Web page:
Document: Press_Release_Bee_Award_2018_-_05_12_2018.pdf


Hosted by MEP Karl-Heinz Florenz at the European Parliament in Brussels and in the presence of EU Director General for Environment David Calleja Crespo, this year’s prize was awarded to a Spanish project focusing on holistic land management practices and an innovative sowing machine for field margins.


Brussels, 5 December 2018 — The European Bee Award was established by the European Landowners’ Organization (ELO) and the European Agricultural Machinery Industry Association (CEMA) in 2014, to acknowledge innovative & practical ideas to protect pollinators in European farming. The 2018 Bee Award prizes were handed over last night to this year’s winners:

  • "Vivencia Dehesa" a project whose main objective is to actively manage a private protected natural area in a sustainable way in order to improve biodiversity, is the winner of the “land management practices” award. Nora von Liechtenstein presented the project; while
  • "Sem ‘Obord" an innovative sowing machine for field margins, presented by Amélie Mandel, received the “innovative & technological solutions” award.

Moreover, a special jury mention was granted to "Beescanning", represented by Mr. Bjorn Lagerman for inventing a tool which helps beekeepers save their bees by using artificial intelligence on their smartphone to analyse the health of bee colonies and provide early warning of parasite problems.

Karl-Heinz Florenz, MEP and host of this year’s Bee Award ceremony, stressed the need to act now and collectively in order to save the bees and pollinators overall, since their loss would have severe consequences for us all.

Karmenu Vella, European Commissioner for Environment with a video contribution congratulated the initiative as “a welcomed opportunity to share and communicate pollinator-friendly practices, since these practices are more important than ever before.”

Thierry de l’Escaille, Secretary General of ELO: “For land managers, pollinators are our friends in the field. Tonight’s winners have shown us that our love for pollinators is shared by so many. From technological innovators who create new bee-friendly tools, to local communities who bring together tourism, sustainable food production and bee conservation.”

On behalf of CEMA Gilles Dryancour, Honorary President, underlined how “farmers, beekeepers and machinery manufacturers need to work together to achieve the common objectives of bee protection and biodiversity conservation, we are not antagonists but join our forces in full-cooperation”.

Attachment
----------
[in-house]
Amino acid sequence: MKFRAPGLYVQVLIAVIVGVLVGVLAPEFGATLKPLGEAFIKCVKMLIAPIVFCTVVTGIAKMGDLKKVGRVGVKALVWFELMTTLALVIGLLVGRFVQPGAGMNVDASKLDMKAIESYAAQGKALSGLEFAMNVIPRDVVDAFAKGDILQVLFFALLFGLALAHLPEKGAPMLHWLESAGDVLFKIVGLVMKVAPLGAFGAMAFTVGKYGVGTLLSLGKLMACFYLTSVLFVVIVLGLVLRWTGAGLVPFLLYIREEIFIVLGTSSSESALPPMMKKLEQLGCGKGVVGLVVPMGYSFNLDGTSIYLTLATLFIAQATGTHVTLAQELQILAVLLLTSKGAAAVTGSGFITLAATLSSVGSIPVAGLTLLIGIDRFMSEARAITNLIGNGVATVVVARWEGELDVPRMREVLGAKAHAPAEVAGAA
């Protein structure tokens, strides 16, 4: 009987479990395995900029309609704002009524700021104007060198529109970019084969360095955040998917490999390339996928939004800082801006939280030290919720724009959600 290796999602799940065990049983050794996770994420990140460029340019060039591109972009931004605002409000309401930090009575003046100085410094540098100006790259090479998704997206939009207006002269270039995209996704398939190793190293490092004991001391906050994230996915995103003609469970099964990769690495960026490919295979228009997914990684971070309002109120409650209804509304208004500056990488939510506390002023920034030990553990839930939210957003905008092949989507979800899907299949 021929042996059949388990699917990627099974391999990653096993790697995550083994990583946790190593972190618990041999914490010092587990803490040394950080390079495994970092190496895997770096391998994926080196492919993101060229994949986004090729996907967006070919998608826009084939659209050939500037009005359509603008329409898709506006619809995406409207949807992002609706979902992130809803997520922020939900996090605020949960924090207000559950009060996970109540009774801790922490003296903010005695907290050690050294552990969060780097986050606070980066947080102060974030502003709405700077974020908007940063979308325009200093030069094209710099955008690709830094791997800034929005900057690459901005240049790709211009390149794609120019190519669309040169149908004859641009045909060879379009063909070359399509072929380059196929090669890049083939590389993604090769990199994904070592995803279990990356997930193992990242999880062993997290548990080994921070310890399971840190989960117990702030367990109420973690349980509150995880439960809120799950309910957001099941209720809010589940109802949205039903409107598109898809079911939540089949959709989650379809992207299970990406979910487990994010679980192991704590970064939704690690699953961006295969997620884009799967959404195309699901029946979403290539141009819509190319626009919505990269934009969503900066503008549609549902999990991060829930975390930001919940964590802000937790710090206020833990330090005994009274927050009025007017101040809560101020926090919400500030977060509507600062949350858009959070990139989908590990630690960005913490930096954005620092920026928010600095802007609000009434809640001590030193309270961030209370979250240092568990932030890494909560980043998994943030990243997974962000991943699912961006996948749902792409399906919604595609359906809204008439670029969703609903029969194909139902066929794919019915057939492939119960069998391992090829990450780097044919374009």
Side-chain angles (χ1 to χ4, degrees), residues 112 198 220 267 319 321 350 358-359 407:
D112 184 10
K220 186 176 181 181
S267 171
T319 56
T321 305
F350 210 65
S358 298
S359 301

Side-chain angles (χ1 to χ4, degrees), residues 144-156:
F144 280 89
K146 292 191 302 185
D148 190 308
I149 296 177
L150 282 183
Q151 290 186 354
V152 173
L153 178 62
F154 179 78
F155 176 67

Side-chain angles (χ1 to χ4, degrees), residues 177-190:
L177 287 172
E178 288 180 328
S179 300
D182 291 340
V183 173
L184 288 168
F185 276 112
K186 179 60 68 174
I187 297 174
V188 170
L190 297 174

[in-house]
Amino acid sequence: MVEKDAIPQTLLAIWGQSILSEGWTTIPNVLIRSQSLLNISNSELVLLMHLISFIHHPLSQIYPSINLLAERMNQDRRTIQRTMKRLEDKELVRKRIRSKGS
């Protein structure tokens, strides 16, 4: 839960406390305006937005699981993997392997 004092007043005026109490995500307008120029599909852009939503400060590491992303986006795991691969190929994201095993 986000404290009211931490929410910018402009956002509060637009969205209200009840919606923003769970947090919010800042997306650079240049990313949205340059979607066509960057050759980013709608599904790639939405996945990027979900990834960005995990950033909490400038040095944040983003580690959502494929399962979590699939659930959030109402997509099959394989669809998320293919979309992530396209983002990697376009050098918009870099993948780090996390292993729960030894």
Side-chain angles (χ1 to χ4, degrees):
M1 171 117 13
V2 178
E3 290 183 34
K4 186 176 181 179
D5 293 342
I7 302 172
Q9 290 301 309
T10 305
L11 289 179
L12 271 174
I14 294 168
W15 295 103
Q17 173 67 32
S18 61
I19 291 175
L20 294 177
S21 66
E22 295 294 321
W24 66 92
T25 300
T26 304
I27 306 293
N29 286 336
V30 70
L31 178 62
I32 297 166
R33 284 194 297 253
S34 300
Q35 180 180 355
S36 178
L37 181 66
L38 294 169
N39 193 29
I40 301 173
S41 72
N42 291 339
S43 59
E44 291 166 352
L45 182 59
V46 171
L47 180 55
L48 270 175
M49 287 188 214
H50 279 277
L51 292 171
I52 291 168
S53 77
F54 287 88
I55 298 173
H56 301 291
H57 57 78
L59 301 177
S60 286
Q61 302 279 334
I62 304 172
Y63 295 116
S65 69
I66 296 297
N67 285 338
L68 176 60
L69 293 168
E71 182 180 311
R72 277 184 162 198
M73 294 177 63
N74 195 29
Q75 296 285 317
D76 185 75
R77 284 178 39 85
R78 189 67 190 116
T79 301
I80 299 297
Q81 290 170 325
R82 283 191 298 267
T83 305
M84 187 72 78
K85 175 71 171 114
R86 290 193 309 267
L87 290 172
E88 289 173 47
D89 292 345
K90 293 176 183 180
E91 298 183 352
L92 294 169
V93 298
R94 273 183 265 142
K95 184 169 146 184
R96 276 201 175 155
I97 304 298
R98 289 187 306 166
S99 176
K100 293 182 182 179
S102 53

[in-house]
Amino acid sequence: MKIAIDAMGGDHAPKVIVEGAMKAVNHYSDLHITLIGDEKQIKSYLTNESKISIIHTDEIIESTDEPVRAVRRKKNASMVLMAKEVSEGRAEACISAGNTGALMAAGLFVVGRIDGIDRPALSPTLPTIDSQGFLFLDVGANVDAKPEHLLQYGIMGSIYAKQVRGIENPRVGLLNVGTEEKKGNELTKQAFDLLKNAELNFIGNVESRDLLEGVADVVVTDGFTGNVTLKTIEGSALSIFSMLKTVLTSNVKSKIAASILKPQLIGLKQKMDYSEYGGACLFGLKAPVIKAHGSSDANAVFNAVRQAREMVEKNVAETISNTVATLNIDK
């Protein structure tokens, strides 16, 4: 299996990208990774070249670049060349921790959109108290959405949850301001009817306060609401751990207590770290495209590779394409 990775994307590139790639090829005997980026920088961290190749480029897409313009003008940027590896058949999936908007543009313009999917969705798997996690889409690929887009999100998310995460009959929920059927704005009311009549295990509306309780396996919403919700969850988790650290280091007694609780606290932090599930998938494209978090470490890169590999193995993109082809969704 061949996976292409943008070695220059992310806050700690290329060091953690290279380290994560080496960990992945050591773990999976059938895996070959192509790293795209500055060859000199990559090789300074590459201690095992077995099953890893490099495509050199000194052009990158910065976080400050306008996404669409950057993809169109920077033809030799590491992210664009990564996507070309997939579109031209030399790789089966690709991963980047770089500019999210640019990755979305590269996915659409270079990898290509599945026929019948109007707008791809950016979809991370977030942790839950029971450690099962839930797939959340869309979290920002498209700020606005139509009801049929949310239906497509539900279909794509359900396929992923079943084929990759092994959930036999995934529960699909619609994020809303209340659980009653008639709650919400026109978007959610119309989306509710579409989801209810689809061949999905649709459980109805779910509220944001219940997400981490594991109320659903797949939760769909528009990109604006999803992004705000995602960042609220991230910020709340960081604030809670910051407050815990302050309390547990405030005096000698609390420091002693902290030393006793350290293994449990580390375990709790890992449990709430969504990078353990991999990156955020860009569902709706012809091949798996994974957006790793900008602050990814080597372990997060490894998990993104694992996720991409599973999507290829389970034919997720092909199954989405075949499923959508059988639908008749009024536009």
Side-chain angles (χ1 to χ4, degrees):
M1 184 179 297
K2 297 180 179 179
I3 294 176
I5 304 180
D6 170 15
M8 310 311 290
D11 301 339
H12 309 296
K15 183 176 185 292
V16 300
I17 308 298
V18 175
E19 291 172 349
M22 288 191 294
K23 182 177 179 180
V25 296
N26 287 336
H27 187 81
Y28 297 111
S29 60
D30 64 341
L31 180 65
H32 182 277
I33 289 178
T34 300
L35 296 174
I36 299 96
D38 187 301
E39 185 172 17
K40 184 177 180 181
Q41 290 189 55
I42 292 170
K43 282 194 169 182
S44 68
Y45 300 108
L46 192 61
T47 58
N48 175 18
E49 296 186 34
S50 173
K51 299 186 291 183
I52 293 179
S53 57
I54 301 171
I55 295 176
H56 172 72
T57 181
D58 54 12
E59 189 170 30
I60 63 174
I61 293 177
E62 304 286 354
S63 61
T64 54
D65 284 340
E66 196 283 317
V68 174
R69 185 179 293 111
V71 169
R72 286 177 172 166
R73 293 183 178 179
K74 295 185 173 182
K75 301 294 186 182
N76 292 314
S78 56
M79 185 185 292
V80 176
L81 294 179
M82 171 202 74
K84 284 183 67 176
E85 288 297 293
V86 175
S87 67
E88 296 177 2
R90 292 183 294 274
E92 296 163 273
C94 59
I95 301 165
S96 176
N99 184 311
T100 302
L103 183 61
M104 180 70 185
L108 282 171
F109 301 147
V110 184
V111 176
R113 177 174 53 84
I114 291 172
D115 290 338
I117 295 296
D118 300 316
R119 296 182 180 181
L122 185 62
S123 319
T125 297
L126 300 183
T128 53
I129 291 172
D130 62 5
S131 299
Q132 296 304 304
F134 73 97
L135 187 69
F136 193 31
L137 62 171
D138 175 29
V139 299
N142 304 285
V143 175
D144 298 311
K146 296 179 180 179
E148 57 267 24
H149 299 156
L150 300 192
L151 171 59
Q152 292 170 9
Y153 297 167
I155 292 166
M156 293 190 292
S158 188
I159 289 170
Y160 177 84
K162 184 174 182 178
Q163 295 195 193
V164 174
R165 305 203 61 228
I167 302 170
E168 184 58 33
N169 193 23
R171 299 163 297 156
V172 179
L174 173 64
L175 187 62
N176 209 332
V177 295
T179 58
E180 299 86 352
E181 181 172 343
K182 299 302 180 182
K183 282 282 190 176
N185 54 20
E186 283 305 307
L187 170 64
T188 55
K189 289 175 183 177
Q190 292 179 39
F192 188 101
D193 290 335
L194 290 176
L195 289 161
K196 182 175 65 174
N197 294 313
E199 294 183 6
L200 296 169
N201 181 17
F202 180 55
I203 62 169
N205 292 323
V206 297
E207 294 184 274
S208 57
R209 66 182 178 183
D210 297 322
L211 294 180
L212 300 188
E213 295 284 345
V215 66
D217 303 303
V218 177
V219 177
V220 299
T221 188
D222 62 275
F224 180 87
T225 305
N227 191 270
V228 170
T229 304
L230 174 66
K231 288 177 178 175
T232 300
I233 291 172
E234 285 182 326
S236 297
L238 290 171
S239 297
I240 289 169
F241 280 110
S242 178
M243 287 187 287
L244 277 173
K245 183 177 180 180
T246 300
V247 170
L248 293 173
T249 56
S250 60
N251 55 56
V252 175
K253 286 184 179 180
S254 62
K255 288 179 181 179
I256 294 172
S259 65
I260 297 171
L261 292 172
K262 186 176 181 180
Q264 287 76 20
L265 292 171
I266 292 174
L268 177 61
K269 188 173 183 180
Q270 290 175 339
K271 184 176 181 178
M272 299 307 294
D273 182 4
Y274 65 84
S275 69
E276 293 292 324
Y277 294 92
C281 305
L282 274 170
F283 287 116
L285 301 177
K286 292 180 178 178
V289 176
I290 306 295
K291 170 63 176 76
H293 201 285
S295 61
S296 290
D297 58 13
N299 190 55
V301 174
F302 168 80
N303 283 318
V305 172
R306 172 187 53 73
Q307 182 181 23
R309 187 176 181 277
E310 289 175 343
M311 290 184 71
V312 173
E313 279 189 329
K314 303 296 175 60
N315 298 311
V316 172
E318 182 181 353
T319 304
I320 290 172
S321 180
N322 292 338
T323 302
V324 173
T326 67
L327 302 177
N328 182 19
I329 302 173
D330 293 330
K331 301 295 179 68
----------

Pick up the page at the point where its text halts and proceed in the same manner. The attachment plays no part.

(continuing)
In 2018, the European Bee Award competition received 17 applications from various European countries. Last night’s award ceremony gathered over 100 participants in the European parliament: bee-keepers, policy makers, landowners, academia and representatives of the agri-food sector exchanged best practices, while enjoying a festive networking evening celebrating bees and biodiversity.

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“Vivencia Dehesa”

Winner of the Category: “Land Management practices”

This year the award in the category “Land Management practices” was assigned to ‘Vivencia Dehesa’, a project with the main objective to actively manage a private protected natural area sustainably, in order to improve the biodiversity of the ecosystems present at state. The integral management of Vivencia Dehesa has been applied for over ten years in the 256 ha property of Valdepajares de Tajo in Spain and consists of seven parts: conservation, regenerative agriculture, livestock with holistic management, training, ecotourism, falconry and tracking activities. As a result of their management practices, the Vivencia Dehesa now has five ecosystems in a great state of conservation, which represent a refuge for rich biodiversity and hence also for bees. The cornerstone of the project is, however, to share the benefits of nature conservation with the society.



Winner of the Category: “Innovative technological solutions”

Field margins are shelters which can have a high diversity of floral and animal species. However, in many cases, the field margins have deteriorated. Usual equipment for seeding is not appropriate because of the accessibility of such linear semi-natural habitats and their reduced size. Therefore, the jury selected the innovative sowing machine ‘Sem’Obord’ as this years winner in the category “Innovative technological solutions”. Sem’Obord is a narrow seeder installed on an arm of a flail mower, which gives it the possibility to seed different habitat types, such as field margins and road sides. This leads to a better preservation pollinators by offering better food resources and overwintering sites.  The Bee Award prize money will be used to buy melliferous seed mixtures to continue to implement concrete actions to enhance pollinators’ health and to support farmers’ initiatives.


“Beescanning” by Björn Lagerman, FriBi Holding AB

Special Mention 2018

Millions of honeybee colonies die each year because of the parasite mite, varroa destructor. This year’s, special mention was given to ‘Beescanning’, an online tool Tagger, which helps beekeepers worldwide save their bees by using artificial intelligence on their smartphone. Beescanning helps to analyse images of affected bees and the diagnosis can be used to evaluate the health of a colony.  The database also provides a foundation to help beekeeping management and research for healthy strains. The app was launched in 2018 and in only a few months there are already 15.000 users worldwide.